Alan Hills, Antarctica, is an example of possible ballistic panspermia.
Benjamin Weiss is a graduate student in planetary science at the
California Institute of Technology and Joseph Kirschvink is
Professor of Geobiology at the California Institute of Technology
and they had this to say about tests conducted on the Martian
These results demonstrate that ALH84001 had not been heated to
even 40 degrees Celsius (104 degrees Fahrenheit) since before
leaving the Martian surface, confirming Melosh's theory that
rocks could be ejected off the surface of Mars without being
image to enlarge
At such temperatures, prokaryotes (simple, one-celled organisms
without well-defined nuclei) and even many eukaryotes (organisms
with well-defined nuclei) like fungi or plant seeds might
survive the launch.
Unfortunately we cannot constrain the
formation temperature of the carbonate globules-although we
think the observed magnetization originated on Mars, we don't
yet know exactly when that took place. (Constraining the
temperature at which the carbonate globules in ALH84001 formed
would help settle the debate over possible life traces in the
meteorite. A high temperature could rule out life as we know it
in the rock; a low formation temperature would be conducive to
Although it's unlikely that ALH84001 itself brought Martians to
Earth (it spent nearly 15 million years wandering through cold,
airless space), it is not unreasonable to assume that if there
were life on Mars, other rocks have already transferred it here.
Computer dynamic simulations suggest that about a billion tons
of Martian rocks have landed on Earth since the solar system
formed, and every million years about a dozen fist-size rocks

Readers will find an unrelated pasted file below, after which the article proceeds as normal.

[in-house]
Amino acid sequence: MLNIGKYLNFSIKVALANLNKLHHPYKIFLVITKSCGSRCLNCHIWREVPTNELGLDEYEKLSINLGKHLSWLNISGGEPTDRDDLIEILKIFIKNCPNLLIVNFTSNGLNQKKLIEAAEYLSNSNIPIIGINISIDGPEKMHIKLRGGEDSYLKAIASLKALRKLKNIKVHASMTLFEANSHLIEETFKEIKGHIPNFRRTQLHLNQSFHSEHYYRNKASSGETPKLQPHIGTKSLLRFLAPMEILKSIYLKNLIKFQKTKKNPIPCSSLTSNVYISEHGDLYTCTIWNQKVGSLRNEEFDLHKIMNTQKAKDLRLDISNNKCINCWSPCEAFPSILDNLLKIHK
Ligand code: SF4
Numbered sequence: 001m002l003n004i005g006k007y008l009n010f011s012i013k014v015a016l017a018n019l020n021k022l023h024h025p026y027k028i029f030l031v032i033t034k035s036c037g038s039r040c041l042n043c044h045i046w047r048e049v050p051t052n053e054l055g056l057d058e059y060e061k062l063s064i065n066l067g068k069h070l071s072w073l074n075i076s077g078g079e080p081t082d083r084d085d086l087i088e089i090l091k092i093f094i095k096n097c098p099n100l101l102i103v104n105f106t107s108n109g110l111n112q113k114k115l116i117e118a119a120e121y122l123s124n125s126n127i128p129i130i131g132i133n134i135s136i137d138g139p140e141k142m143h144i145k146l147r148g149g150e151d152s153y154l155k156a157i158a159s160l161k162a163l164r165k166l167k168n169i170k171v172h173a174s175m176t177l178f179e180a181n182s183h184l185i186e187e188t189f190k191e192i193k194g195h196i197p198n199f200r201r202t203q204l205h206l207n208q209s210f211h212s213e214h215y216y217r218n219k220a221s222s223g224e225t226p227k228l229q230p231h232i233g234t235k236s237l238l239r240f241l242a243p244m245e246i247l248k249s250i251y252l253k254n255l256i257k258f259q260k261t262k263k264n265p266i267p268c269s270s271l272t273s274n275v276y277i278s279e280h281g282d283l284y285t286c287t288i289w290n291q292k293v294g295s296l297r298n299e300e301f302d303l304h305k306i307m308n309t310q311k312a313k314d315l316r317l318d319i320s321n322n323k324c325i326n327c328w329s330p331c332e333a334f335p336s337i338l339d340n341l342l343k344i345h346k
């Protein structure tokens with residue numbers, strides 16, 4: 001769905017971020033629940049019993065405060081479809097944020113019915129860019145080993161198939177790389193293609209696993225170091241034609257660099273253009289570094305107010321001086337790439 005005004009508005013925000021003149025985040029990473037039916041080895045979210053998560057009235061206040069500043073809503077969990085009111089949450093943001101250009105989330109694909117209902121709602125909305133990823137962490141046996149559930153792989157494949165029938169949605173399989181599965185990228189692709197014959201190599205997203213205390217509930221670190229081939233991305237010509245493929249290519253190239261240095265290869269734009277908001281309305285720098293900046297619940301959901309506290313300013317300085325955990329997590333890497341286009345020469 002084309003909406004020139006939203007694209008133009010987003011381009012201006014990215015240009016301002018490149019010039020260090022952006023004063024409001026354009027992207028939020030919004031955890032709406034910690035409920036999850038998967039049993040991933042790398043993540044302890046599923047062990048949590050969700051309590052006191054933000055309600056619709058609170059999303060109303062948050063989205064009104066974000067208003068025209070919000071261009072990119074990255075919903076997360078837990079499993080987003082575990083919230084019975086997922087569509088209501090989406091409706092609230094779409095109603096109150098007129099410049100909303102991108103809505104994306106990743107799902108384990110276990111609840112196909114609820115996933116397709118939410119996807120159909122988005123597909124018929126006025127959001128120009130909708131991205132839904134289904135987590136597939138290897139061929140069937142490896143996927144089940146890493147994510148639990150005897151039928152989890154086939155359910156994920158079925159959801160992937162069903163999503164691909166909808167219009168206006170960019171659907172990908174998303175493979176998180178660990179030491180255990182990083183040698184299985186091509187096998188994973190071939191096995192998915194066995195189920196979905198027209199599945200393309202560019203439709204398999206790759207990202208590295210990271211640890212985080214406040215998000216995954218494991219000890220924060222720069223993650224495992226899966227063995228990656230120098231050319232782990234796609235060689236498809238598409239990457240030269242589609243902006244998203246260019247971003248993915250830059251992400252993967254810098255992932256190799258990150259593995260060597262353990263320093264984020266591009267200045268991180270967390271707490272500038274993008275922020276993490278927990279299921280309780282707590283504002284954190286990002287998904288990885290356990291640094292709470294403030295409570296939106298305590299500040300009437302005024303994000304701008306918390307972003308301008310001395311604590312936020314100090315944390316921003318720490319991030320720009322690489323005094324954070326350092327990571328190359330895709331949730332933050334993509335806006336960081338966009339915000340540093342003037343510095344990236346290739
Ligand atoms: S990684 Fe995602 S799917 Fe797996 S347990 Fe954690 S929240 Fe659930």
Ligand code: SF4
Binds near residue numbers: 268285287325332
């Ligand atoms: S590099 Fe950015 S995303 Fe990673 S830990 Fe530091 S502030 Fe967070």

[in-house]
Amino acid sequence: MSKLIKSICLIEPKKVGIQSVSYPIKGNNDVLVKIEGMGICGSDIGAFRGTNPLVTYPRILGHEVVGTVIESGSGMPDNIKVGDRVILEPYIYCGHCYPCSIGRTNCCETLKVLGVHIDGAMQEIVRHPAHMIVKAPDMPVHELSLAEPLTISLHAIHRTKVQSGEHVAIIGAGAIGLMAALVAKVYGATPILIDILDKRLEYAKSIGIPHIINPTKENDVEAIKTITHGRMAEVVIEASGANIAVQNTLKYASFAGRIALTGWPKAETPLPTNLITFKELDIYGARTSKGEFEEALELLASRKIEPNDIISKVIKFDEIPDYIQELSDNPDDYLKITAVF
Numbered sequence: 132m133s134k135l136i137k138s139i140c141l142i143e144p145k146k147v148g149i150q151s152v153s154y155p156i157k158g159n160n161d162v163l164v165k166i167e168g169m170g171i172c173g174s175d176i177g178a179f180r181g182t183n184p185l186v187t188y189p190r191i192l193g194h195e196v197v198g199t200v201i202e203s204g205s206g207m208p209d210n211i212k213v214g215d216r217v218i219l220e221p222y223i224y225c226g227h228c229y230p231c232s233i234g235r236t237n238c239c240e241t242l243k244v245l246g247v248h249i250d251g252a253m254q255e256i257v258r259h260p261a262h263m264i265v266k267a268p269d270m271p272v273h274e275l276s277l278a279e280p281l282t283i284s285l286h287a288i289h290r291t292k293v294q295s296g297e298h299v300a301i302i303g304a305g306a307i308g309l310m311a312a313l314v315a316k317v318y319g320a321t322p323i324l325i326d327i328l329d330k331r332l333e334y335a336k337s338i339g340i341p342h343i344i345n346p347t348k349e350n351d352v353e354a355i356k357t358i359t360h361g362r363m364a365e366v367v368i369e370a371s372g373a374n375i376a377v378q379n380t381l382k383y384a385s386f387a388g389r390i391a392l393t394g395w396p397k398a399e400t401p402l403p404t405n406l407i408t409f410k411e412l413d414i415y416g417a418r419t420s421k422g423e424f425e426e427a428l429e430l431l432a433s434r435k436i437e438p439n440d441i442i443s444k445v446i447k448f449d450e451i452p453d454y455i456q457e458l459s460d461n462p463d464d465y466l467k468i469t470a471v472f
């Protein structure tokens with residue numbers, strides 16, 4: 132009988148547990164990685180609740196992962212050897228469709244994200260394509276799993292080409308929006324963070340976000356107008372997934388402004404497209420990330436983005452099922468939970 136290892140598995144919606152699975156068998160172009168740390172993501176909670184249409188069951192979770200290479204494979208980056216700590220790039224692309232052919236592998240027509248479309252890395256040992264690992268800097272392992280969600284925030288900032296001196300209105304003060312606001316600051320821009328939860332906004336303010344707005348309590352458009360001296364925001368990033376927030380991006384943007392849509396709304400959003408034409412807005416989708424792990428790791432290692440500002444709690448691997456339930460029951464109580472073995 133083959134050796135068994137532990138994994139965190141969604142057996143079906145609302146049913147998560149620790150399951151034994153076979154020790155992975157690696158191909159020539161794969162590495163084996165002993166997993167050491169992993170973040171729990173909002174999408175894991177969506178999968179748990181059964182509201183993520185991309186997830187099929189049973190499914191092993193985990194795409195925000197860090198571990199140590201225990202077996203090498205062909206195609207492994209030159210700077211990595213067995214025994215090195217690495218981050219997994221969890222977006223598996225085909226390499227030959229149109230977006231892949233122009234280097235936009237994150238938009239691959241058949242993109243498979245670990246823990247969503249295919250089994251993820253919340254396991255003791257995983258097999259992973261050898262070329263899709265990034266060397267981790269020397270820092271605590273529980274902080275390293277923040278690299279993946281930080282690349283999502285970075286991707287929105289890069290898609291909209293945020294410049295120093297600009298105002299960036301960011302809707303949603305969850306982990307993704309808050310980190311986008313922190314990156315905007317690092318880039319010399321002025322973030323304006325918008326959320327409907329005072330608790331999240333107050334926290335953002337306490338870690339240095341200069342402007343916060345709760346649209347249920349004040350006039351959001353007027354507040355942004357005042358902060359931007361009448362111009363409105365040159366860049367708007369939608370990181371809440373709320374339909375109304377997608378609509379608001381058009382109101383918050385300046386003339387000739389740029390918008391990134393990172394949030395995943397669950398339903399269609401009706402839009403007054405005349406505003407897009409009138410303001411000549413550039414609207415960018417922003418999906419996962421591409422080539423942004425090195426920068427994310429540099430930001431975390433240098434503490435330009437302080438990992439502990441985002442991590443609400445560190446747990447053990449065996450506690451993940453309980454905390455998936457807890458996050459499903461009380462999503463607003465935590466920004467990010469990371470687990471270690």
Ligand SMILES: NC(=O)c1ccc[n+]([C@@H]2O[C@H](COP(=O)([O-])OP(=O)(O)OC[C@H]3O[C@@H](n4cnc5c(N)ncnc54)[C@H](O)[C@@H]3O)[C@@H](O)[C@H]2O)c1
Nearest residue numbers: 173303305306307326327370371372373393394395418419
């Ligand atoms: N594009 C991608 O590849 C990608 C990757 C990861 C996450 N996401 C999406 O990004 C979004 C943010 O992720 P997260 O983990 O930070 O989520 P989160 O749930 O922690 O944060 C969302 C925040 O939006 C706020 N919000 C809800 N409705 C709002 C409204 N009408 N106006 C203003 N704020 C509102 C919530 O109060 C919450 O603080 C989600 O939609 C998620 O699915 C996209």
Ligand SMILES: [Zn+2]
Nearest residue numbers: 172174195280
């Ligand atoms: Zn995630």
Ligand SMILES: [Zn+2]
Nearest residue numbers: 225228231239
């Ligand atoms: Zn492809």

are transferred from Mars to Earth in just a couple of years.
fact, one in ten million of the arriving Martian rocks could
have been transferred in less than a year!
Other researchers have brought back living bacterial spores from
an orbiting satellite where they spent more than five years
bathed in strong ultraviolet light in a deep vacuum. We know,
too, that such bacteria can survive the high pressures and shock
they might encounter during ejection. Evidently, it is likely
that if there were Martian microorganisms, they have been
transported to Earth throughout most of our planet's history.
Maybe, then, we don't need to go all the way to Mars to find
There is even a society for launching
our own seeds into space and populating other worlds with life from
To put all of this in perspective, the idea that genetic information
which developed and evolved elsewhere in the universe and planted
itself on earth through panspermia so as to evolve organisms that
are similar to organisms that have already evolved on other planets
might be the reason why intelligent, artifact-making lifeforms
elsewhere may be as human as those on earth.
In fact neuroscientist and astrobiologist Dr. Rhawn Joseph makes
this bold statement on panspermia:
“The genetic seeds of life swarm
throughout the cosmos, and these genetic "seeds," these living
creatures, fell to Earth, encased in stellar debris which
pounded the planet for 700 millions years after the creation.
And just as DNA contains the genetic instructions for the
creation of an embryo, neonate, child, and adult, and just as
modern day microbes contain "human genes" which have contributed
to the evolution of the human genome, these "seeds," these
living creatures, contained the DNA-instructions for the
metamorphosis of all life, including woman and man.
DNA acts to purposefully modify the environment, which acts on
gene selection, so as to fulfill specific genetic goals: the
dispersal and activation of silent DNA and the replication of
life forms that long ago lived on other planets. “
This bold new movement is said to
originate from Creation Science though a few of its proponents deny
this. Fred Hoyle was certainly not a Creationist and yet he
determined that the vast range of biochemicals and RNA/DNA could
only be the work of design.